Every homeowner and parent should be prepared for emergencies. The American Red Cross “First Aid & Safety Handbook” has no entry for a leaking roof. So is a leaking roof an emergency? 

Storm Dread

Nothing fills a homeowner with dread quite like a storm-damaged roof. Yet properly prepared, any homeowner can deal with even extensive damage to the roof. Try following these three steps:

  1. Plan ahead by knowing exactly what your homeowners insurance protects. Keep a copy of the policy handy, along with contact information for your local agent and the 24-hour hotline most insurers provide. 
  2. Have a working relationship with a local, reliable roofer you can trust to answer your frantic call. This relationship can begin with routine annual inspection and maintenance, since no homeowner should ever navigate a house roof without proper training and equipment. Most residential roofers are happy to provide annual or semiannual maintenance plans.
  3. Follow through on routine inspection and maintenance by having small repairs made when needed. One small, timely repair can prevent much more extensive damage later on. A well-maintained roof is also a robust roof, able to repel storm damage better than a neglected roof. 

Problem or Emergency?

How big does a roofing problem have to be before you can declare it an emergency? Your local, helpful roofer will no doubt answer your call, especially if you have already begun an ongoing relationship. But determining if your roof needs emergency repair is tricky. 

A rule of thumb: penetrating water from outside, either into attic or living space, is a roofing emergency. Dripping water from a leaky pipe or HVAC system is not a roofing emergency. 

Missing roof elements that have been ripped away by high winds or driving rains also make your roof problem an emergency. Dented metal panels, crazed or cracked shingles, or shattered tiles do you make for an emergency. 

Don’t get us wrong — no damaged roof heals itself, and every roof problem requires repair. You can put off the panic, though, for small problems. Clogged gutters and critters in the attic are not roof emergencies. Missing ridge vents, destroyed shingles, and shattered sanitary stacks are roof emergencies. 

Now What?

Okay, you have satisfied yourself that you are not exaggerating and you do have a roof emergency. Now what? Make two calls:

  1. Call your insurance company to start a claim and schedule an insurance adjuster’s visit
  2. Call your local, dependable residential roofer

In most cases, the insurance adjuster will work directly with your roofing contractor to inspect the damage, determine a repair or replacement plan, and move ahead with repairs. You will be responsible for a deductible but the claim will probably move along with very little input from you.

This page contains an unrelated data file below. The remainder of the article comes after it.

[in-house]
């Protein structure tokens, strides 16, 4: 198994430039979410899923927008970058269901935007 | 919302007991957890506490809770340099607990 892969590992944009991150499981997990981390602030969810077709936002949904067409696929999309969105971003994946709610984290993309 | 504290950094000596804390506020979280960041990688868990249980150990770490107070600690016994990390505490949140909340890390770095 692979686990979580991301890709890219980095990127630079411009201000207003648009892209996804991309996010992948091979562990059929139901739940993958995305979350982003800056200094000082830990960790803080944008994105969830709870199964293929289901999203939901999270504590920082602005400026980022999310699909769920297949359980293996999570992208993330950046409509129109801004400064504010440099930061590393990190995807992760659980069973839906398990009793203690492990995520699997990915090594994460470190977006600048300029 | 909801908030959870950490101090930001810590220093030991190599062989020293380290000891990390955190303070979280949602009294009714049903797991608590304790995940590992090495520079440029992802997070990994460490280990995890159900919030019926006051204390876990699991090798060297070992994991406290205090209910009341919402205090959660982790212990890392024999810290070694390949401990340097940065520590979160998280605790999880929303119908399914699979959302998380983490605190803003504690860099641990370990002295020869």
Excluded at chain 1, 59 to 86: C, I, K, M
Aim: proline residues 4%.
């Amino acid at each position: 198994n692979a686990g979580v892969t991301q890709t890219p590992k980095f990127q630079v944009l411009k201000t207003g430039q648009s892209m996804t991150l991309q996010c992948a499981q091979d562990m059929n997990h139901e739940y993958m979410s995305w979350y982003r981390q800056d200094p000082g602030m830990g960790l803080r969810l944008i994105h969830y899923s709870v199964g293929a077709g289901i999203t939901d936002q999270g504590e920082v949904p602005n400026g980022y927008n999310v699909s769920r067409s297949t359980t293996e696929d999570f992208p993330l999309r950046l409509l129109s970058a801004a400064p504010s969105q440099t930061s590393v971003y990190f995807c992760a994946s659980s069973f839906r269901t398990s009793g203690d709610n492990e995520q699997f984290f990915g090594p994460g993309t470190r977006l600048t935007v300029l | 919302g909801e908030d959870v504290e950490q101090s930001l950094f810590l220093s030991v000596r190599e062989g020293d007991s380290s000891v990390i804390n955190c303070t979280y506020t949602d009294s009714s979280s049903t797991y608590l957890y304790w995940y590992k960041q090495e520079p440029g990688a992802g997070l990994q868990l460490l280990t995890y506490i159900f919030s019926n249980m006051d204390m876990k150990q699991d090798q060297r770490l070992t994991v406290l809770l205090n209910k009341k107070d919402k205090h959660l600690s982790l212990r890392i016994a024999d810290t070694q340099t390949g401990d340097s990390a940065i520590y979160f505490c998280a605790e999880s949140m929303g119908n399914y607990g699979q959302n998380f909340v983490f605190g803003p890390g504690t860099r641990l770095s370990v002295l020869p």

The roofer will make the repairs as promptly as weather and schedules permit. A conscientious roofer will never ask for more than the deductible payment up front, since the insurance company will pay out the claim directly. 

Whether tin, steel, tile, shingle, or slate, all types of residential roofs can be repaired so that they provide peace of mind, comfort, and energy efficiency. Please keep in mind, though, that an older roof may have to be repaired with newer parts that do not quite match in color, material weight, or texture. 

Replace?

Temporary repairs to a storm-damaged roof may mean tarps and battens to prevent further water infiltration. Short-term repairs may mean replacing shingles that do not match your roof’s original shingle color. These may be a little unsightly but will prevent more damage. 

For long-term repairs, expect your local, experienced roofer to return and either replace large sections of storm-torn roofing or recommend a full roof replacement

If storm damage is widespread, or has peeled away a substantial portion of one section of your roof, full replacement may be what both your insurer and roofer recommend. 

Most conscientious roofers will make immediate, emergency repairs and then schedule a time when a new roof replacement can be performed carefully, without the press of time or worries about water leaks. 

Storm Chasers

Unfortunately, every bit of bad weather brings out the storm chasers. These are disreputable Dans in Vans or Chucks in Trucks who have no permanent business address, pick up day crews in parking lots of home improvement stores, and slap on the cheapest roof possible. Their goal is always the same: collect the insurance money and disappear. 

Avoid storm chasers, even when you are panicked over storm damage, by insisting on a local address, a state license number, and customer references.

Roof Rescue is your full-service residential roofer in Idaho, Utah, and Montana. Contact us today if your home has suffered storm damage or you suspect a roofing emergency. We can handle your insurance claim, work with you on small or large repairs, and make your house whole again.